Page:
Legislation

Fact-Checking The Biomass Lobby’s New Website

Lobbyists for the biomass industry have created a new website, Biomass101.org, with the seemingly laudable goal of “Correcting the record and getting the facts out on carbon-neutral biomass energy.”

Mary Booth of the Partnership for Policy Integrity (PFPI) says there’s one major problem with that, however: burning biomass — wood or wood pellets and other plant matter — for energy is anything but carbon neutral.

So Booth and PFPI have launched their own website, Biomess101.org, to get the real facts out about the “facts” the biomass lobbyists are pushing.

California Oil Pipeline Ruptures Hours After Obama Signs Pipeline Safety Bill

On Wednesday, June 22nd, President Obama signed the Protecting our Infrastructure of Pipelines and Enhancing Safety Act of 2016 into law. The bill, known as the PIPES Act, reauthorizes the federal government to move swiftly in the event of a pipeline leak or rupture. Specifically, the Secretary of Transportation is allowed to issue emergency orders if the unthinkable happens.

The reauthorization was in response to the natural gas pipeline rupture in California where an estimated 97,000 tons of gas were released from the Aliso Canyon pipeline near Porter Ranch. The bill also includes new mandates on construction to insure the safety of future pipelines and to reduce the chances of another massive leak.

Ironically and very disturbingly, less than 24 hours after the bill was signed into law, an oil pipeline in Ventura County, California ruptured, and current estimates put the amount of oil leaked at over 29,400 gallons (down from the original estimate of over 210,000 gallons), though officials are still assessing the situation.

Coal Ash Coming To Groundwater Supplies Near You! Thank Your Congress

Congress adjourned at the end of this week for their annual August vacation, and as usual, they used this last week of July to push their most extreme anti-environment legislation.

One of the main goals of the industry-funded House of Representatives is to loosen coal ash rules before they go into effect in October, and that’s exactly what the House did last week.

ALEC's Annual Meeting Kicks Off In The Second Biggest Solar City In America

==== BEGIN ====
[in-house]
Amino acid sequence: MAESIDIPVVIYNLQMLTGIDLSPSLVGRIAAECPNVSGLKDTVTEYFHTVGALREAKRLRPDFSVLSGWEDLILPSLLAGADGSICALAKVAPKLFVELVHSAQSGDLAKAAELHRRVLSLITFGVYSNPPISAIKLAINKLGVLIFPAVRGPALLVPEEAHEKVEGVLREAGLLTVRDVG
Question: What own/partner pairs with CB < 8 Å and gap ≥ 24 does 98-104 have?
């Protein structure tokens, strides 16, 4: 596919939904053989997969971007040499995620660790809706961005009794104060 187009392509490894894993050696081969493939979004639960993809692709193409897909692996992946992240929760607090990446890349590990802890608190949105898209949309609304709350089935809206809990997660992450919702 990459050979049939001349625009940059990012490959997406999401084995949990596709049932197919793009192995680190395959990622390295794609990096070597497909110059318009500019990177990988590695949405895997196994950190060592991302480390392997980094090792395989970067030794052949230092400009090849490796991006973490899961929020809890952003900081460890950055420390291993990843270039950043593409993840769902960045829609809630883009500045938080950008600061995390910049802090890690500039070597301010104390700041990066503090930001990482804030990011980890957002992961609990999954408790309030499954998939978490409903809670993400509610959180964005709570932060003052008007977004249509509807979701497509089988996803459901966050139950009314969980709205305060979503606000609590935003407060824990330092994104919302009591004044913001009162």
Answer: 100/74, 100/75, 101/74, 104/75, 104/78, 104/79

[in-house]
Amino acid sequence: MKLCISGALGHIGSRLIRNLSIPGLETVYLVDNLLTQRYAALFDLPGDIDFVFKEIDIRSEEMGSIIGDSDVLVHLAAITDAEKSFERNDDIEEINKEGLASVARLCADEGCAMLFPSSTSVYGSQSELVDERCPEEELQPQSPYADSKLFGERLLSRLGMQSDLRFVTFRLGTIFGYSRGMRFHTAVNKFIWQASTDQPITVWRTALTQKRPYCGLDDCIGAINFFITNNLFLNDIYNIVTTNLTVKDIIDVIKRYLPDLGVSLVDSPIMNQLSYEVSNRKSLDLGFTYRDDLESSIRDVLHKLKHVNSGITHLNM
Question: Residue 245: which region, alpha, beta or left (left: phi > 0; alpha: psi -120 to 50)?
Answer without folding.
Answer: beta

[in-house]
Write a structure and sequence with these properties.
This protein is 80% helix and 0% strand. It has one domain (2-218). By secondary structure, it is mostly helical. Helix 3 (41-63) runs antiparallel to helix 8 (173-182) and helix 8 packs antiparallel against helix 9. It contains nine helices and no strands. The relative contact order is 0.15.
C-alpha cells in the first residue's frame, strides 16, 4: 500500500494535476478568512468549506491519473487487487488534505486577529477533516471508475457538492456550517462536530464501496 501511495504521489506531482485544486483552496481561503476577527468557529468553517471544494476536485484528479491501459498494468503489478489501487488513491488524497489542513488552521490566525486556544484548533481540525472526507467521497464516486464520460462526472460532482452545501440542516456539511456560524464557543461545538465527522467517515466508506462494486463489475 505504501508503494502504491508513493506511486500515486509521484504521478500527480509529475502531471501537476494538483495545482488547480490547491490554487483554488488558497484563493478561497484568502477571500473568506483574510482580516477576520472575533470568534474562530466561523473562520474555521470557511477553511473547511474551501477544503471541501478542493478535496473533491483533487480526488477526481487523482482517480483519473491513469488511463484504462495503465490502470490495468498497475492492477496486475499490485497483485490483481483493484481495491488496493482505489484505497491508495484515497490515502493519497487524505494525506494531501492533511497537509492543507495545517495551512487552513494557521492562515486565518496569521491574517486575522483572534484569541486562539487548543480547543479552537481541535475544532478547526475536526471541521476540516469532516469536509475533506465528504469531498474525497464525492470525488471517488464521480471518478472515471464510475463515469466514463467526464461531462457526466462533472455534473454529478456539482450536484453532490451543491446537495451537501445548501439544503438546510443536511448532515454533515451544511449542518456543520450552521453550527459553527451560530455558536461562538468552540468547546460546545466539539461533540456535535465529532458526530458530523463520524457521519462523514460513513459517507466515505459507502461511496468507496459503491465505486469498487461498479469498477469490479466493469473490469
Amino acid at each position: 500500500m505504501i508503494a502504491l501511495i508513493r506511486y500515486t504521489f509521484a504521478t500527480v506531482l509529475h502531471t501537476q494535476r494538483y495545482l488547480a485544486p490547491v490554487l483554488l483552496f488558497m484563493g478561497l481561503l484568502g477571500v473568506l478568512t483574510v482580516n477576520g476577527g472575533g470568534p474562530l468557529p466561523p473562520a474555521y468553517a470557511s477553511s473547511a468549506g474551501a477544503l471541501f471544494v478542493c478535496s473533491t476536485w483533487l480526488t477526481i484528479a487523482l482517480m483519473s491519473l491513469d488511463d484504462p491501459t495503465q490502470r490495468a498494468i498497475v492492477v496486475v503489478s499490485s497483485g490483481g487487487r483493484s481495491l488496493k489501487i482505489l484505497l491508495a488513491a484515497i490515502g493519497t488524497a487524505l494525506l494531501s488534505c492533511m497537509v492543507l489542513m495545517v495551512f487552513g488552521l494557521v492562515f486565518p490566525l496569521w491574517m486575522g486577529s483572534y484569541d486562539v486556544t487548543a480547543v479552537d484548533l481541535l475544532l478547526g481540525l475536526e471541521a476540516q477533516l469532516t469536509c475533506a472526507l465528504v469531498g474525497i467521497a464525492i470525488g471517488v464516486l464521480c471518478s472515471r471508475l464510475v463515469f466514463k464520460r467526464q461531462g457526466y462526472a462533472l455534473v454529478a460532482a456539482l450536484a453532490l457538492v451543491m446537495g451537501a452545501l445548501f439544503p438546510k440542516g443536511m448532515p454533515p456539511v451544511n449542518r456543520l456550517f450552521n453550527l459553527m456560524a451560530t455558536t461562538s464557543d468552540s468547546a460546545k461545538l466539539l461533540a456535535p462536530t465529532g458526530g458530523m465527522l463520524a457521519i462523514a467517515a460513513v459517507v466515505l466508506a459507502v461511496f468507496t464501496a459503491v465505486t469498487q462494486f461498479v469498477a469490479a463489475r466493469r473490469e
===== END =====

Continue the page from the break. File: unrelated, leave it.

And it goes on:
The American Legislative Exchange Council, more popularly known as the corporate bill mill ALEC, is holding its annual meeting this week in San Diego, which is second only to Los Angeles in terms of US cities with the most installed photovoltaic solar capacity.

Even looking at per capita solar capacity, San Diego still ranks in the top five major US cities (unlike Los Angeles), making it uniquely poised to capitalize on the benefits of the solar boom.

But that probably has nothing to do with why ALEC is holding its annual meeting there, given that the group is actively engaged in a campaign to cripple the growing solar industry at the behest of the fossil fuels companies it counts among its corporate members.

Proponents of Renewable Energy Will Own the 21st Century, Say Leaders at World Congress

Vancouver city council’s unanimous decision to commit to running on 100 per cent renewable energy is the kind of political leadership the world desperately needs says Jørgen Randers, professor of climate strategy at the Norwegian Business School in Oslo, Norway.

Despite the looming catastrophe of climate change the market will choose to do nothing,” Randers said in the keynote speech at the ICLEI World Congress 2015, the triennial sustainability summit of local governments in Seoul, South Korea.

Nor will voluntary actions on climate be enough. Strong legislation, intelligent policy and collective action are the only ways to keep humanity from a nightmare future, said the former business executive who still sits on boards of major corporations.

White House Confirms Obama Will Veto TransCanada's Keystone XL Pipeline

The White House confirmed today that President Obama will veto Congressional legislation designed to greenlight construction of the Keystone XL pipeline, the contentious project first proposed six years ago to carry more than 800,000 barrels per day of Canadian oilsands crude from Alberta to refineries and export facilities along the Gulf of Mexico.

Despite strong indications of support in Congress, the Obama Administration has already indicated it will veto the bill to expedite approval of the $8 billion project if approved. A similar bill was blocked by Democrats in the Senate in November.

If this bill passes this Congress the president won’t sign it either,” Josh Earnest, White House press secretary, said. Obama rejected TransCanada's application to build the pipeline in 2012, suggesting congressional Republicans had set a “rushed and arbitrary deadline” for the project's approval.

The bill, proposed by Republican Senator John Hoeven from North Dakota and Democratic Senator Joe Manchin from West Virginia, will be debated in a Senate Energy and Natural Resources Committee hearing Wednesday with the panel set to vote on the project Thursday.

Environmental Review Thrown Out By House Legislation

The U.S. House of Representatives is serious about job creation.  So serious, in fact, that they are willing to sacrifice a healthy environment just so corporations have the “potential” to create new jobs without having to worry about all of that burdensome red tape that so often comes with environmental safety standards.